AP World History Teacher

My Coolest Tech Discovery of the Year

I usually wouldn’t write an entry about just one tech tool but this one has been so great I couldn’t resist sharing how much it can help in an AP History class. The item is the Ipevo iZiggi-HD Wireless Document Camera, but before I rave about it let me explain the issue I was having in my AP class and how this camera helped solve it.

The issue I was having was that students, even this late in the year, were finding it difficult to finish the DBQ essay in an hour. This was in part because they were not sufficiently annotating the documents. As a result, they spent far too much time rereading them when they began writing the essay. This has always been an issue in DBQ-writing, but given the new DBQ requirements (contextualization, synthesis, sourcing 4 documents) the skill of annotating is even more important.  It is imperative that students analyze the documents as quickly as possible and end up with succinct annotations that link the docs directly to the prompt. In fact, the DBQ Project has a lesson in which students annotate the documents on separate pieces of paper and then write the essay using only these annotations. I think that’s a great idea to get student to see how crucial the annotations are.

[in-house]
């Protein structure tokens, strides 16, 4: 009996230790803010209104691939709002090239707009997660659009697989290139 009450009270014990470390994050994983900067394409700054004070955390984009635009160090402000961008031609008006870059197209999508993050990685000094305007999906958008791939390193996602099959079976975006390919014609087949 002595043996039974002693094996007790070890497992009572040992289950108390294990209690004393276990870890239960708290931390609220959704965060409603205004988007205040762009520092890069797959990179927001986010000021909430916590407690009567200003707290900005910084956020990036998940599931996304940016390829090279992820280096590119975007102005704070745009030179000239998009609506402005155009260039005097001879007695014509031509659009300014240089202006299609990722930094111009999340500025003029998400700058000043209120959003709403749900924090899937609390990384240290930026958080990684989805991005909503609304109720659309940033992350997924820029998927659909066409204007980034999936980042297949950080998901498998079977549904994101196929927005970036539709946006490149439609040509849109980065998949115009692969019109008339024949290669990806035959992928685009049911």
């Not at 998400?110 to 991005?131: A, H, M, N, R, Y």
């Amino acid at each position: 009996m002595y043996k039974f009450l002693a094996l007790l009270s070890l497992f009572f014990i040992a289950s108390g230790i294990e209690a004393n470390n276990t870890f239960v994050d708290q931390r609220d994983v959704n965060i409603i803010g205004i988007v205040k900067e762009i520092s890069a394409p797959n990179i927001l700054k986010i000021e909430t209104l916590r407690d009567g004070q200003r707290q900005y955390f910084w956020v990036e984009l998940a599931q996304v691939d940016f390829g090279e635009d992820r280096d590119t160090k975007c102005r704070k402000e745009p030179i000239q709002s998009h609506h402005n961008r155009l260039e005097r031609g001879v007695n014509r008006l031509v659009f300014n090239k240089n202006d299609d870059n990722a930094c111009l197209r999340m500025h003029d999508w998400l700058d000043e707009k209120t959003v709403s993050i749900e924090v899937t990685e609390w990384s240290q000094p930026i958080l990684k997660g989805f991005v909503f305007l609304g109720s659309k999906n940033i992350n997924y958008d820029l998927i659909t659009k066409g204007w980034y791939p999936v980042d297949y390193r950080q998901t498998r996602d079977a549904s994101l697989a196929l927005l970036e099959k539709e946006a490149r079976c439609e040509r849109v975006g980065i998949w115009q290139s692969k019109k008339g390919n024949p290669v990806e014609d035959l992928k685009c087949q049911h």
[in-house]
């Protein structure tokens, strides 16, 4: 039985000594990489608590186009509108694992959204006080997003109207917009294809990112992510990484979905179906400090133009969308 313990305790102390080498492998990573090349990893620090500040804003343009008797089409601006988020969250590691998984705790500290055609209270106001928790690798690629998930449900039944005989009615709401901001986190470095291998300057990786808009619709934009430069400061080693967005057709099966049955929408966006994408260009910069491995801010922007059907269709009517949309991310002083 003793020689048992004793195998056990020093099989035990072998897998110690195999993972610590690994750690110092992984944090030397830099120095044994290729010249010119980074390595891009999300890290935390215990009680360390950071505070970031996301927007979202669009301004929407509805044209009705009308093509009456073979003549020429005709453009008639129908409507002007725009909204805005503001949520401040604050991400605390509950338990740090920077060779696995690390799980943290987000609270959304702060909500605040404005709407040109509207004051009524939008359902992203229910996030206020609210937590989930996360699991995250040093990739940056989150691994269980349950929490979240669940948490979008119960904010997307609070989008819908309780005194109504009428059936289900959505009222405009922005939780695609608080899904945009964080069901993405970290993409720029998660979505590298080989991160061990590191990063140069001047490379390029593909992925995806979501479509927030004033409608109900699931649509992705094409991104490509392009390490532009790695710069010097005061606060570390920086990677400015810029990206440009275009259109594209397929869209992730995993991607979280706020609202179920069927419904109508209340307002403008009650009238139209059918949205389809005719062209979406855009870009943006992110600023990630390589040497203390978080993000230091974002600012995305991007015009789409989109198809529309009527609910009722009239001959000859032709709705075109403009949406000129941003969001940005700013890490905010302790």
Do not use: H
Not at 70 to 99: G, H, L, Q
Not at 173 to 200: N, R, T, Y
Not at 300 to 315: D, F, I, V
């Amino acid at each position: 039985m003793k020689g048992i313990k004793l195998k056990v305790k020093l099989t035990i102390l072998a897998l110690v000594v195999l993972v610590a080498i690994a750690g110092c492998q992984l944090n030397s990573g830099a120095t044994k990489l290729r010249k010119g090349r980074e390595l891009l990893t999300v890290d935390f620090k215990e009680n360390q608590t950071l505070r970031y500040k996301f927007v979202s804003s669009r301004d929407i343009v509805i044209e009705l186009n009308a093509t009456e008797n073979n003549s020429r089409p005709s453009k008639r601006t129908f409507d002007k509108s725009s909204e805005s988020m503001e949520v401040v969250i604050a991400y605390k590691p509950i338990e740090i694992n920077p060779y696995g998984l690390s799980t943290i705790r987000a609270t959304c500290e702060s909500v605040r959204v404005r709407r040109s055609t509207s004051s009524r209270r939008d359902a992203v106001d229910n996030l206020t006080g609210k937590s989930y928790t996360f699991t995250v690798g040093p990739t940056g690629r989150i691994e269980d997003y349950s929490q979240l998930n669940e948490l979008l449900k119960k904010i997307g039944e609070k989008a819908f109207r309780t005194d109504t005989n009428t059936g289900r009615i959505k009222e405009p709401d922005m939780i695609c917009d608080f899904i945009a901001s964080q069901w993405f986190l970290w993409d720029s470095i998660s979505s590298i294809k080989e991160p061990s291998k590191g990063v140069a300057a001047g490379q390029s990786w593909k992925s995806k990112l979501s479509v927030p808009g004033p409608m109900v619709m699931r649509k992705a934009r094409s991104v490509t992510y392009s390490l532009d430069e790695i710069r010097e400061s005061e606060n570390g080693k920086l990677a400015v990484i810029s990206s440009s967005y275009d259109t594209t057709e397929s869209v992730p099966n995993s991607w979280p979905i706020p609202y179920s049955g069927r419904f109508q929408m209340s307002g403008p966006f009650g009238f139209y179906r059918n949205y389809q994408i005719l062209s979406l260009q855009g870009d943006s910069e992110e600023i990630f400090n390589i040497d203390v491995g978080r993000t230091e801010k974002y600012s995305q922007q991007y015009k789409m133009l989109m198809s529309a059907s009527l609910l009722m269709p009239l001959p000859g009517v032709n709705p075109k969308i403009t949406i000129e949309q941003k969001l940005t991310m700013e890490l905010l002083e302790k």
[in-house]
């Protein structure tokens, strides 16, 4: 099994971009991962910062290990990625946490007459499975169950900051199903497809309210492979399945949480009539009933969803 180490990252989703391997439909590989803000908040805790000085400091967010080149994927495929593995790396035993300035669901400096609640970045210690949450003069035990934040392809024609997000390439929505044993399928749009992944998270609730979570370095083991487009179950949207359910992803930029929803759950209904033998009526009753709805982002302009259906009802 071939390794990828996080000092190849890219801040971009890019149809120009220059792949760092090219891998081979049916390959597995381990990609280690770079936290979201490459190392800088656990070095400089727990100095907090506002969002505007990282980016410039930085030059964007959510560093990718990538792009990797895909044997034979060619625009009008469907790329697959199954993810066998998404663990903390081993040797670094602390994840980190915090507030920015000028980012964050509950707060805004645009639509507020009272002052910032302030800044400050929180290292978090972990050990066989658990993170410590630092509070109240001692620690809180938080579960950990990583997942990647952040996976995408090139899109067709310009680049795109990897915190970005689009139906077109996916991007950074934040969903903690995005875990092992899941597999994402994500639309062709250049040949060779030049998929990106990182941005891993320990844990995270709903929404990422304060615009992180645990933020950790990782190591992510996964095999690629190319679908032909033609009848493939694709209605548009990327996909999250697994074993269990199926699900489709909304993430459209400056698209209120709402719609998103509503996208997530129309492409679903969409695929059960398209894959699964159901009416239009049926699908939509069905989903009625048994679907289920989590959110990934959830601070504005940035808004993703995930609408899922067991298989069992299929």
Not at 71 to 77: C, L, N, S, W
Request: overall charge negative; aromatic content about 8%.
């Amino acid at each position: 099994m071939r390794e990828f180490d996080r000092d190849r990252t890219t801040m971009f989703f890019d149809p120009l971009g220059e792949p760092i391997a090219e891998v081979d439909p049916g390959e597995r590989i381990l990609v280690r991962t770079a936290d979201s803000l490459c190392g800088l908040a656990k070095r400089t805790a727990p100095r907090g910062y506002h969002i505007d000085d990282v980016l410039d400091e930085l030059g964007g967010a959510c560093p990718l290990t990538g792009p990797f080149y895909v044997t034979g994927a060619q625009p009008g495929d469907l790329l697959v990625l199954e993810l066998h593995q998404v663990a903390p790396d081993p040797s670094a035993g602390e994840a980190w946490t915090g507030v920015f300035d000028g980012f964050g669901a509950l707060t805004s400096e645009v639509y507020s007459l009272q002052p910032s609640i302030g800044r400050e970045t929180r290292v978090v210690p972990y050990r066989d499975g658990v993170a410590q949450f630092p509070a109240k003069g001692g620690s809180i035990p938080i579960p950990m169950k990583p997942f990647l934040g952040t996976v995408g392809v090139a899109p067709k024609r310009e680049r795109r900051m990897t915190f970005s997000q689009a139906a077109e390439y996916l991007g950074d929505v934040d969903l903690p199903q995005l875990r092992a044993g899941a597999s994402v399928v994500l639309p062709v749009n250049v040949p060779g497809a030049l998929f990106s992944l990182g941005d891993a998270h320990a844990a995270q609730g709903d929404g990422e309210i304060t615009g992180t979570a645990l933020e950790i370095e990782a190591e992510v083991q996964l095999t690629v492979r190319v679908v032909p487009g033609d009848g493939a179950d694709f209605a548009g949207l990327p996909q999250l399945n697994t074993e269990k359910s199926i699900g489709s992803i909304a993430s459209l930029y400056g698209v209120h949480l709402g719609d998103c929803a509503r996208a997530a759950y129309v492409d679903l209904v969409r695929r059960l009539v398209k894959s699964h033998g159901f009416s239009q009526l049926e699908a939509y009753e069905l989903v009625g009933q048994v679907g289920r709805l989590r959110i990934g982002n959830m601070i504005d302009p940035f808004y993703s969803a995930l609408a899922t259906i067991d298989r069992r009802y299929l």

So, this little document camera has been great in teaching the skills of making annotations. The process is simple: I give the students a DBQ and give them exactly 2 minutes to read and annotate a single document. Then I randomly have a student project her annotations using the iZiggi Document camera. The student must explain her annotations to the class. I might even call on a student to annotate a document while the rest of us watch and then have him explain the annotations. There are many possibilities, but the camera’s portability and ability to project student’s work has led to great improvements in the skill of annotations.



This class activity really drove home to students how important the prewriting phase is when taking on the DBQ. It also revealed how weak their annotations had been thus far. The point I tried to strive to them was that the annotations should indicate not only a little summary content but also how the document helps to answer the prompt. For example, the DBQ in the pictures above asked students to analyze changes in the role of belief systems in societies between 1600 and 1900. Thus every annotation should indicate what the document conveys about the role of a belief system in society. If every annotation contains summary content and how the document serves the prompt, writing the DBQ will come much easier.